The Covid-19 pandemic triggered a shift to remote working that has boosted the adoption of virtual reality (VR) by enterprises for training, collaboration, data visualisation and customer experience. With new technologies such as virtual and augmented reality being implemented more often in the healthcare industry, companies are discovering more ways new technologies can be used. More companies are starting to study ways to use VR in physiotherapy and treating various neurological disorders. XRHealth, a US-based virtual healthcare platform, has published a study that shows the potential of using VR technologies in upper limb dysfunction in multiple sclerosis patients.
The use of VR is expanding in the healthcare industry, along with other new technologies such as machine learning and artificial intelligence. According to GlobalData, the VR market, worth nearly $7bn in 2018, will have become a $28bn industry by 2030, having grown at a compound annual growth rate (CAGR) of 13% over that period. The research done by XRHealth indicates that VR technology is not only viable in treating upper limb dysfunction but is safe, reliable and fun for patients. Furthermore, patients’ experience during VR sessions was overseen and adjusted according to the patient’s needs by the physical therapist.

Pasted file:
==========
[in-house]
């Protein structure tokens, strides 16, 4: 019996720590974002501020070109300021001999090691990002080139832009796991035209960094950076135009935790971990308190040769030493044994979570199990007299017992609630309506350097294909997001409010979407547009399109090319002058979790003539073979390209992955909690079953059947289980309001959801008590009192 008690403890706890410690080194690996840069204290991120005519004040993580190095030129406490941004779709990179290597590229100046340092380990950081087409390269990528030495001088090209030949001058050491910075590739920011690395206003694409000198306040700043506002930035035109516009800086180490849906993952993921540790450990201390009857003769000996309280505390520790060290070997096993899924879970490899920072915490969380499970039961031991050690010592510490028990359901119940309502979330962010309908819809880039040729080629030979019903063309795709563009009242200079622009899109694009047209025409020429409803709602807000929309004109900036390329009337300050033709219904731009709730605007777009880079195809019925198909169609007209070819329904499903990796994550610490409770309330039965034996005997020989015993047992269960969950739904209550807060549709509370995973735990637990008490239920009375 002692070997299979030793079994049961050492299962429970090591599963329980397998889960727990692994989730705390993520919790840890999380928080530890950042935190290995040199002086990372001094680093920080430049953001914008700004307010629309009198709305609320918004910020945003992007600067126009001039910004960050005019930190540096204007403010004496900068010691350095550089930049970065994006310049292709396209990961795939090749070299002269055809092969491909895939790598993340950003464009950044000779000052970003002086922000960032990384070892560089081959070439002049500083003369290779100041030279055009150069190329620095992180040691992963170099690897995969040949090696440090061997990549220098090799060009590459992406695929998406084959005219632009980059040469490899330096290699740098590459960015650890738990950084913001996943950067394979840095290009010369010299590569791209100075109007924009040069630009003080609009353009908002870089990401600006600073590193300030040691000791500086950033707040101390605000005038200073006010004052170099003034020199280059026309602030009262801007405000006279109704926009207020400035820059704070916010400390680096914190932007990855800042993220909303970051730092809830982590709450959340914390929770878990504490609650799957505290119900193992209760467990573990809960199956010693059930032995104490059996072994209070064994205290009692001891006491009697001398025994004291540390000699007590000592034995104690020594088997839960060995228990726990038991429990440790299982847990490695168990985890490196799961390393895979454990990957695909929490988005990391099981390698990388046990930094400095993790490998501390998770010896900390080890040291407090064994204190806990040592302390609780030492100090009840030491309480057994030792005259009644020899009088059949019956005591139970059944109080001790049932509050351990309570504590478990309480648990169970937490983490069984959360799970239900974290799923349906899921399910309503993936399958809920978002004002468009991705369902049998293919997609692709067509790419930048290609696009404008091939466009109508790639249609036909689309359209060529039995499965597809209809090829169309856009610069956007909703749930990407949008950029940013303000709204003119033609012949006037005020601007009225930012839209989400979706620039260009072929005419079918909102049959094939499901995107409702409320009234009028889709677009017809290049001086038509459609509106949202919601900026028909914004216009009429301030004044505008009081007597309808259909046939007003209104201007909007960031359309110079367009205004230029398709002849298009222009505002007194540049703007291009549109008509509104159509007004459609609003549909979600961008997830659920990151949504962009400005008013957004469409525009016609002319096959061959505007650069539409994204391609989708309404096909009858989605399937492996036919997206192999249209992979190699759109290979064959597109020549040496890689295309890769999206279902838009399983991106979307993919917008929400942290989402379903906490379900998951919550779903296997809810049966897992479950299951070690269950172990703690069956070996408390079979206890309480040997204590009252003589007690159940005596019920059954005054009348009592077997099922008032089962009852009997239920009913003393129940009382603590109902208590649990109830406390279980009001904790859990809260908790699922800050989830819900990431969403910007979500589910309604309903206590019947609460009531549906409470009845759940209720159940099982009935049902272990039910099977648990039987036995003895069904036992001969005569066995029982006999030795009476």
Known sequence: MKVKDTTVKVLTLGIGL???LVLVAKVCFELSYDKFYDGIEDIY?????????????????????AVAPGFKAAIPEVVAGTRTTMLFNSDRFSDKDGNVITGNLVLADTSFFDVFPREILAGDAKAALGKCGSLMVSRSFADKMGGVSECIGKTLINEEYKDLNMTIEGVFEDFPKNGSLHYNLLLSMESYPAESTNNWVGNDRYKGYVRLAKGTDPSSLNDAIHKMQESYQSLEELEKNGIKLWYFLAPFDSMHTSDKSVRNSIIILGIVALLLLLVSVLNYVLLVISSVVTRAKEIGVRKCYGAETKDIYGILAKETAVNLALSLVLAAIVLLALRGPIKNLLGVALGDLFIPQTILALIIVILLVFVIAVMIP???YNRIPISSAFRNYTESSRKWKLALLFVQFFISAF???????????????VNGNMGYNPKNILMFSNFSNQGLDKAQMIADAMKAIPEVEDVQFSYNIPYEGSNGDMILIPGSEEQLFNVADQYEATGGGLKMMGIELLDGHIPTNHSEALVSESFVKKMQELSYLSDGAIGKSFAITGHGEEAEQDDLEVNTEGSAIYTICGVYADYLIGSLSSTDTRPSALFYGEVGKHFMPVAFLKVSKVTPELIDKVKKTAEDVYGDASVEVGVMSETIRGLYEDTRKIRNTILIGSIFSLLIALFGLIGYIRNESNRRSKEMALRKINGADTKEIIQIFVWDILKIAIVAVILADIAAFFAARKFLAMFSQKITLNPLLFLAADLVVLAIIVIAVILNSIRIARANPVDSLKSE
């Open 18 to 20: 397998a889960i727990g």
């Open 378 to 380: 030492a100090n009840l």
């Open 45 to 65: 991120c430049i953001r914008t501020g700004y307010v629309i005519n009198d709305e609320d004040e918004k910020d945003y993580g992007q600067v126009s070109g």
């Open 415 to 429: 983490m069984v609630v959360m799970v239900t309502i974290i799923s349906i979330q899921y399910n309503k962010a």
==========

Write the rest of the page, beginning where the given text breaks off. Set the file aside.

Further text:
VR therapy could become a more common form of therapy for neurological diseases in the upcoming years due to its benefits. VR is very likely to become one of the key technologies in the future of healthcare and other industries, and the development of enterprise-grade metaverse platforms will further enhance its appeal.